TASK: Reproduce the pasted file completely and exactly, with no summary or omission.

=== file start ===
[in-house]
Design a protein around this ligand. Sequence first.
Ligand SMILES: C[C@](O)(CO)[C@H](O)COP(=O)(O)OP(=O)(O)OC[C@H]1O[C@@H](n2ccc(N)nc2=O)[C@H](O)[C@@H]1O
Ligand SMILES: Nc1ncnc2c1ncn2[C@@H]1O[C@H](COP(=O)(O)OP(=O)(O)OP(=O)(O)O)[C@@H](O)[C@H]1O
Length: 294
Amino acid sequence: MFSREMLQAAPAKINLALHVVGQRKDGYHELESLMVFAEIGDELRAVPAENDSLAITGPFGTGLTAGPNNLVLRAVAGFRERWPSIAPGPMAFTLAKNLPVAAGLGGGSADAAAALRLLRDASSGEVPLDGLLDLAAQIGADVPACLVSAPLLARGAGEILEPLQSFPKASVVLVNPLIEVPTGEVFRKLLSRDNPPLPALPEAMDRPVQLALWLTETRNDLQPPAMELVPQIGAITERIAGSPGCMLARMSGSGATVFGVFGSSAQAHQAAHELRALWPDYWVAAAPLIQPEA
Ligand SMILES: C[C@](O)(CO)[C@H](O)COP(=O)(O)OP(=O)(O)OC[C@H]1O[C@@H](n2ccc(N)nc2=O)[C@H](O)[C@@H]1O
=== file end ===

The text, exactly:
[in-house]
Design a protein around this ligand. Sequence first.
Ligand SMILES: C[C@](O)(CO)[C@H](O)COP(=O)(O)OP(=O)(O)OC[C@H]1O[C@@H](n2ccc(N)nc2=O)[C@H](O)[C@@H]1O
Ligand SMILES: Nc1ncnc2c1ncn2[C@@H]1O[C@H](COP(=O)(O)OP(=O)(O)OP(=O)(O)O)[C@@H](O)[C@H]1O
Length: 294
Amino acid sequence: MFSREMLQAAPAKINLALHVVGQRKDGYHELESLMVFAEIGDELRAVPAENDSLAITGPFGTGLTAGPNNLVLRAVAGFRERWPSIAPGPMAFTLAKNLPVAAGLGGGSADAAAALRLLRDASSGEVPLDGLLDLAAQIGADVPACLVSAPLLARGAGEILEPLQSFPKASVVLVNPLIEVPTGEVFRKLLSRDNPPLPALPEAMDRPVQLALWLTETRNDLQPPAMELVPQIGAITERIAGSPGCMLARMSGSGATVFGVFGSSAQAHQAAHELRALWPDYWVAAAPLIQPEA
Ligand SMILES: C[C@](O)(CO)[C@H](O)COP(=O)(O)OP(=O)(O)OC[C@H]1O[C@@H](n2ccc(N)nc2=O)[C@H](O)[C@@H]1O